Of course, the routine update and review documentation should be supplemented by ad-hoc reviews governed by the experience and judgement of the management team. For example, if there is a significant combination of schedule, risk and financial updates that cumulatively impact the business case, the management team must not wait until the next routine review.
Progress will be routinely communicated with stakeholders in accordance with the communications plan. Where any aspect of the work exceeds, or is predicted to exceed, the agreed tolerances, then this must be escalated to the sponsor.
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Some degree of corrective action will be happening all the time. This is the essence of co-ordinating work and may be as simple as rescheduling meetings or assigning a task to another person due to illness.
This corrective action activity is about more significant action constituting a deviation from the baseline plan. The range of examples of what constitutes corrective action is vast and how it is handled is primarily down to the experience and judgement of the management team.
Two defining characteristics are:
- Which aspects of the work does the corrective action involve?
The action needed may relate to any or all of the fundamental P3 components in any combination. It could be very tangible in that a product has failed its quality control test (scope), material delivery is delayed (schedule) or resources have been under estimated (resource and cost). It could be less tangible where, for example, new risks have been identified that significantly increase the overall risk, or influential stakeholders have changed their position with regard to the work
It is important that the way the fundamental components of the work inter-relate is understood. How does a need to discard a product and rebuild affect the schedule; how does a change in schedule affect risks and resource availability; which stakeholders are affected and how; what are the effects of the revised schedule on the funding arrangements? – and so it goes on.
An understanding of these complex inter-relationships comes from thorough planning and maintenance of the delivery documentation. In short, if the work was inadequately planned it will be very difficult to control.
- How severe is the corrective action?
The first and most obvious distinction for severity comes from the tolerances set out in the management plans. When delivery plans are updated with progress they should be able to not just identify that tolerances have been exceeded but predict that tolerances may be exceeded at some point in the future.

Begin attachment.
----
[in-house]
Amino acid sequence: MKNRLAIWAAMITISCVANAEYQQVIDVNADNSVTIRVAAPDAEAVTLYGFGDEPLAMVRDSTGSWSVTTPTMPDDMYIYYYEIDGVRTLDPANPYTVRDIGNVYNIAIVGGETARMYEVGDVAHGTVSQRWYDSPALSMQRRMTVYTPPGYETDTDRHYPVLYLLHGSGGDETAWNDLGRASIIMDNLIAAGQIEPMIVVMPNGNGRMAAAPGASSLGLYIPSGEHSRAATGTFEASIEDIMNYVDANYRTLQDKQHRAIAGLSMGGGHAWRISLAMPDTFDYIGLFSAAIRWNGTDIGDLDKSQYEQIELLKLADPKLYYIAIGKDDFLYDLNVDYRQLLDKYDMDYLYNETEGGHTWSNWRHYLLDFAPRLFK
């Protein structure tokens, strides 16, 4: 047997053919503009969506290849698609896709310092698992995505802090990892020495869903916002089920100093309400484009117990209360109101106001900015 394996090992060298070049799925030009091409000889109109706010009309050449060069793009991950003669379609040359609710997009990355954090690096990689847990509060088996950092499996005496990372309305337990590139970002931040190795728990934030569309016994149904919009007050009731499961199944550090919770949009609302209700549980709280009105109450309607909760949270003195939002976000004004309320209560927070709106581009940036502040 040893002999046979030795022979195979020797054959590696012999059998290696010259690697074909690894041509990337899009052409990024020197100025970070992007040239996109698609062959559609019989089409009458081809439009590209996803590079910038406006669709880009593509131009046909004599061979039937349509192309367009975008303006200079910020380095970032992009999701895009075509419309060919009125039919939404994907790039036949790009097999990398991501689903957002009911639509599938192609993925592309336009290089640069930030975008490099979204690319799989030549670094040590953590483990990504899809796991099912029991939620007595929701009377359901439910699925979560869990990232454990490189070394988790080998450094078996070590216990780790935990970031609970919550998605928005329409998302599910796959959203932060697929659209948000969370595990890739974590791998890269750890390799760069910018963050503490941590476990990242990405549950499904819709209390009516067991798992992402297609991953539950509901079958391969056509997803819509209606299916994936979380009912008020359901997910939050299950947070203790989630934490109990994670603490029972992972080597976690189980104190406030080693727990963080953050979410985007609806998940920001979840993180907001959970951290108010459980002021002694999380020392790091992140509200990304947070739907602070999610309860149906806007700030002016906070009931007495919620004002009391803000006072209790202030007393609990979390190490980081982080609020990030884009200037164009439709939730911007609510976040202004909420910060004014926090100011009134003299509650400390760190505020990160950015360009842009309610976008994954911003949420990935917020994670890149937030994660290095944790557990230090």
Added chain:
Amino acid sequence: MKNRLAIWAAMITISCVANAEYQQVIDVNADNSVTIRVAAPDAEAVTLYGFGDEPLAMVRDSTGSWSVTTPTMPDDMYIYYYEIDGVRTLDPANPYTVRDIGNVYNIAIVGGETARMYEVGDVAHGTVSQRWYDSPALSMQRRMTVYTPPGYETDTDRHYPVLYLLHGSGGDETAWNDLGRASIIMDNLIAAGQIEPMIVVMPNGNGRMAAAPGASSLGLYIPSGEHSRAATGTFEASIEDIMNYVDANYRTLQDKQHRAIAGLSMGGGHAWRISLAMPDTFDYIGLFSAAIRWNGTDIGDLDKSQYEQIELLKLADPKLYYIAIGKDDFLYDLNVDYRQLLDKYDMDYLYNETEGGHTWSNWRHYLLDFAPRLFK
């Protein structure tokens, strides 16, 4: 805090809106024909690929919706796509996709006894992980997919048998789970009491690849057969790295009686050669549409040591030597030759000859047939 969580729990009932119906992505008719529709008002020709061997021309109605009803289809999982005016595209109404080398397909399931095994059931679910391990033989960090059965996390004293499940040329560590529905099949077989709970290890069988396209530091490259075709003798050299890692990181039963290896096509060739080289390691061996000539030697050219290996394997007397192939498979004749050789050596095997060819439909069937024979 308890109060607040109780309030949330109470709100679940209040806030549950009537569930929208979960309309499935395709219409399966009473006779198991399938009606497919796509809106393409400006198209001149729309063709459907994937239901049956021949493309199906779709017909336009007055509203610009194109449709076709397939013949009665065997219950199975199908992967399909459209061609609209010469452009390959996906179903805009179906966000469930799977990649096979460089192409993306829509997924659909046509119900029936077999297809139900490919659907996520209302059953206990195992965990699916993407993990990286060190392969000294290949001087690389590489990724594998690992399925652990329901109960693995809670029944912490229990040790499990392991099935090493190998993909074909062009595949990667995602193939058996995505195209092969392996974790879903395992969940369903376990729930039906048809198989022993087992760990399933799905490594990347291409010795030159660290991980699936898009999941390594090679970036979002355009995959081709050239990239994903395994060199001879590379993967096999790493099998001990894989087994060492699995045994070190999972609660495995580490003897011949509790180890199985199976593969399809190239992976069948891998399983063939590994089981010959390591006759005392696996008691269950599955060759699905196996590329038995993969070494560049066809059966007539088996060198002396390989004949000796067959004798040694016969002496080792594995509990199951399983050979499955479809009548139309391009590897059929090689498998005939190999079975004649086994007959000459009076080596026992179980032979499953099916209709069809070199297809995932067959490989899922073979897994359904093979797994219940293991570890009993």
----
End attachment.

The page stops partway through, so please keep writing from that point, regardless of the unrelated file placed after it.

If appropriate techniques have been defined and implemented then escalation should occur on the basis that an issue is likely rather than an issue has occurred. The corrective action is therefore something that can be discussed and agreed between the manager and sponsor through the escalation part of the process before implementation.
Even with the best planning and control procedures it is always possible that events will occur that had not been foreseen. The failure of a vital piece of equipment or the insolvency of a supplier can have an immediate and unpredictable effect. In these cases the corrective action needed may involve significant re-planning. Delivery plans may not just need to be adjusted but reworked. These are referred to as exception plans and are simply new delivery plans that show how issues will be overcome. Exception plans should be submitted to the sponsor for authorisation.
The ultimate consideration is the effect on the business case. Can the plans be reworked so that the project or programme remains justifiable? If not, the corrective action may be to prematurely close the project or programme to prevent further investment that will not generate an adequate return.
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At some point during the co-ordinate and monitor progress activity a delivery team will say to the management team “this piece of work is finished”. Depending upon the context the delivery team may have performed quality control and simply present the results as evidence that the work is complete or it may be that the management team is responsible for quality control and must now test the results of the delivery team’s efforts.
This can range from straightforward inspection of standard components to extensive testing and formal, contractual sign-off. Whether formal or informal, acceptance signifies the transfer of ownership of the work and its products from the delivery team to the management team.
Once work has been accepted delivery documentation should be updated and, if required, the acceptance should be communicated to relevant stakeholders.
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Projects and programmes
Small projects may simply apply the delivery process but as the complexity of the work increases it becomes necessary to break it up into manageable pieces. This decomposition takes two main forms, horizontal and vertical.
What may be called ‘horizontal’ decomposition involves splitting the delivery phase into stages or tranches. These help the management team by enabling techniques such as go/no go control and rolling wave planning.
‘Vertical’ decomposition involves delegating packages of work. This can take the form of sub-projects or work packages within a project or projects within a programme.
This decomposition requires additional processes. Where stages and tranches are created there are boundaries between them. These are managed through the boundaries process. Where work is delegated through vertical decomposition it is managed through the development process.